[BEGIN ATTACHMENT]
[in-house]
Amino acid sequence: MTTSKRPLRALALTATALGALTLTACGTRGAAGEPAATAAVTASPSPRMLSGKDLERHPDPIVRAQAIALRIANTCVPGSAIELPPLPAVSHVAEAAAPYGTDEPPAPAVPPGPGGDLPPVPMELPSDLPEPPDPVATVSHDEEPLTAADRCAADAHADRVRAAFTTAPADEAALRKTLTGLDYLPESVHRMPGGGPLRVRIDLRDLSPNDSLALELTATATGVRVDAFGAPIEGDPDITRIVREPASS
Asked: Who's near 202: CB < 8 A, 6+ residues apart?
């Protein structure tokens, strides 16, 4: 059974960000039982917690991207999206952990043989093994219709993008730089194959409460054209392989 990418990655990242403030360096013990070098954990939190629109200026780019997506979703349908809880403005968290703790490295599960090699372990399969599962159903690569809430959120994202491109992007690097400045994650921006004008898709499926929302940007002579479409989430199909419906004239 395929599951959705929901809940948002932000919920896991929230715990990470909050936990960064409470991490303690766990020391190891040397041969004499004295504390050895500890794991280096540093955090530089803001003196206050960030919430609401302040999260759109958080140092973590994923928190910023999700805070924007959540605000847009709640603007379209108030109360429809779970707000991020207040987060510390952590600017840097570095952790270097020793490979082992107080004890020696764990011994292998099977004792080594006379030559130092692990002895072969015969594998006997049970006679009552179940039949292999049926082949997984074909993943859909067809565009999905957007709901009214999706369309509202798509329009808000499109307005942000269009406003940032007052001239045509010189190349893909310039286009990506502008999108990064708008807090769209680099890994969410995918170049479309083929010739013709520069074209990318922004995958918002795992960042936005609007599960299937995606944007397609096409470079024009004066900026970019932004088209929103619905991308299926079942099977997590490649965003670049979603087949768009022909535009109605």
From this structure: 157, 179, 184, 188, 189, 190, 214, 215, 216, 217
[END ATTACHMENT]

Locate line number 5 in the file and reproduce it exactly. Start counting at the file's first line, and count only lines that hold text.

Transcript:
From this structure: 157, 179, 184, 188, 189, 190, 214, 215, 216, 217